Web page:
We chose the scenic route towards Calgary and started planning a typical visit to a city: what to see, where to park at night, where to do laundry and groceries, etcetera. Visiting cities typically puts a buzz in the air. There are chores to be done, traffic to navigate, and money to be sapped from our budget. It’s always a little bit stressful. A somewhat tense drive came to an abrupt pause however when Ryan spotted something on the horizon. We pulled over and squinted west. After 4 months and somewhere well over 10,000km of driving, we caught our first glimpse of the Rocky Mountains. I really needed a shower, and I’m pretty sure I was mad at Ryan over something, but this was absolutely show-stopping. We immediately pulled over, high-fived, and couldn’t help mustering a smile for a mountain selfie (amusingly, in which, you cannot make out any mountains). Impatient to reach the foothills, we decided to bypass Calgary and drove on to Bragg Creek at the edge of Kananaskis Country.
This impossibly charming village had tastefully exploited its cowboy heritage. We found free showers, and an independent grocer which knocked two chores off of our list. The surrounding natural area, brimming with wildlife, allowed for river-side picnics and undisturbed boon docking. Rather than navigating the bustle of a major city, we found ourselves completely at ease as I found quiet opportunities to write, and Ryan found legendary trails to ride. It was the hunt for a laundromat that finally turned us back toward Calgary. Words alone do not accurately convey the majesty of the Japanese, Hollywood-themed laundry palace we had the privilege of washing our sweaty underpants in. I wish I could remember its name. If you know it, don’t share it here. It deserves to be a hidden treasure.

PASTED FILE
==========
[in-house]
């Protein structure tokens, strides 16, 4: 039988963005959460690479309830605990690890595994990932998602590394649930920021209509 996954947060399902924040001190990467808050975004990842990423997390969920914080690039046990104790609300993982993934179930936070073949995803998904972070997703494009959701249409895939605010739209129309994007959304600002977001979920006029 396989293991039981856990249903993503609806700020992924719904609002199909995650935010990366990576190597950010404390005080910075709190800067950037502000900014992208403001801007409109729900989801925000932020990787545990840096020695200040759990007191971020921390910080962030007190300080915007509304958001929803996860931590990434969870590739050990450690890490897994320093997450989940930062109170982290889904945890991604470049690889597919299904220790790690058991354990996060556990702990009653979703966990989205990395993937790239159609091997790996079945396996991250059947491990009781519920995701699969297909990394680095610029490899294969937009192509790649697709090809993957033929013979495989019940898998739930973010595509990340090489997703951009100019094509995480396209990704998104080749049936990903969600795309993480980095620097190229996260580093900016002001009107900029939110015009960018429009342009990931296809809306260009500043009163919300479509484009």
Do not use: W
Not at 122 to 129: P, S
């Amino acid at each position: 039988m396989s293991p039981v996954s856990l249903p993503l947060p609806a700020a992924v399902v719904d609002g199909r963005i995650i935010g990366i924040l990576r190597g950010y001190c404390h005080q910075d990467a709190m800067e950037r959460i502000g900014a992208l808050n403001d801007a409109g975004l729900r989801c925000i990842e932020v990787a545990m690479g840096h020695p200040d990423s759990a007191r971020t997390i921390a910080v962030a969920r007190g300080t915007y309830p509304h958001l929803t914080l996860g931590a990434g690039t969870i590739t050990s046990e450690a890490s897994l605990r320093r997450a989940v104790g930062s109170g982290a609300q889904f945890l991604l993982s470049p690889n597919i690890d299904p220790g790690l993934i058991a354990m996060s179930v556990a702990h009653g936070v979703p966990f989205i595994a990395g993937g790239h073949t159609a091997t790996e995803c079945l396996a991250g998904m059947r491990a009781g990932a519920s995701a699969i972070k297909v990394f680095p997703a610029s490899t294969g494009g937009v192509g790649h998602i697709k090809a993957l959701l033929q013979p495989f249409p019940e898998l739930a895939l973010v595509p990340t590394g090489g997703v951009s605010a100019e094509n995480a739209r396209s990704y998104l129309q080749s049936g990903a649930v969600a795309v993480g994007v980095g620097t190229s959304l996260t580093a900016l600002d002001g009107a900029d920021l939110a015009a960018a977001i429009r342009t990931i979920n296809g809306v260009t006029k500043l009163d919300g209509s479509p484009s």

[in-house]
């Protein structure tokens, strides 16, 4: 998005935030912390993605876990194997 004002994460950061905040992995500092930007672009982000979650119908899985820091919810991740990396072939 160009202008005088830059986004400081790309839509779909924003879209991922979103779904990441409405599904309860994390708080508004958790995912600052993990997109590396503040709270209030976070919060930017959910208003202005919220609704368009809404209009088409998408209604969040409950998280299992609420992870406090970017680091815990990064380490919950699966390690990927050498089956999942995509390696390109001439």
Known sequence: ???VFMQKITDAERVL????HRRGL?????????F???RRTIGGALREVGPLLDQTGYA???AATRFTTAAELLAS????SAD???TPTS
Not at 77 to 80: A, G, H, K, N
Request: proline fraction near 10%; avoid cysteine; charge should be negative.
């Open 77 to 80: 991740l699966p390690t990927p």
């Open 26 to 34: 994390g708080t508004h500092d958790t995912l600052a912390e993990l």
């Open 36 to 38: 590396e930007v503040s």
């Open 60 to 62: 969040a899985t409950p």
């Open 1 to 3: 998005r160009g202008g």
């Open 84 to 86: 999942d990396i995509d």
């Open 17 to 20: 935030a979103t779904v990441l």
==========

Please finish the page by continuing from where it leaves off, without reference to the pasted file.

With our chore list valiantly annihilated, we went on a Walmart hunt - typical - and found ourselves in an impossible hive of cars, buses and people as we made dinner. Save for spotting a gorgeous snowshoe hare which we at first mistook for a dog (they are BIG), we were in our own little version of hell. Having just come from the absolute serenity of the foothills, we couldn’t think up a reason to stay overnight in the big city. We are sure there is much to see and do in Calgary, and we would have especially loved to see some of our friends, but as we drove into the mountains and the urban static faded away, we knew we had made the right decision.
By the time we reached the narrow pass leading into Canmore, the sun had long set, and the craggy peaks glowed faintly in the moonlight - their mammoth, vigilant faces merely suggested in the darkness. When we opened our eyes the next morning, it wasn’t to the crashing of grocery carts and chugging of engines, but to the arresting view of the Three Sisters towering over a railway town.
We capped our time in Alberta with a family visit, a formidable hike up Mount Lady MacDonald in terrible footwear, and an obligatory visit to famous Lake Louise - still gleaming deeply blue in the late autumn sun. The end-of-season trickle of tour buses in Banff and a warm invitation from more family - this time in Field - propelled us onward up Highway 1, and soon we crossed our final provincial border into beautiful British Columbia.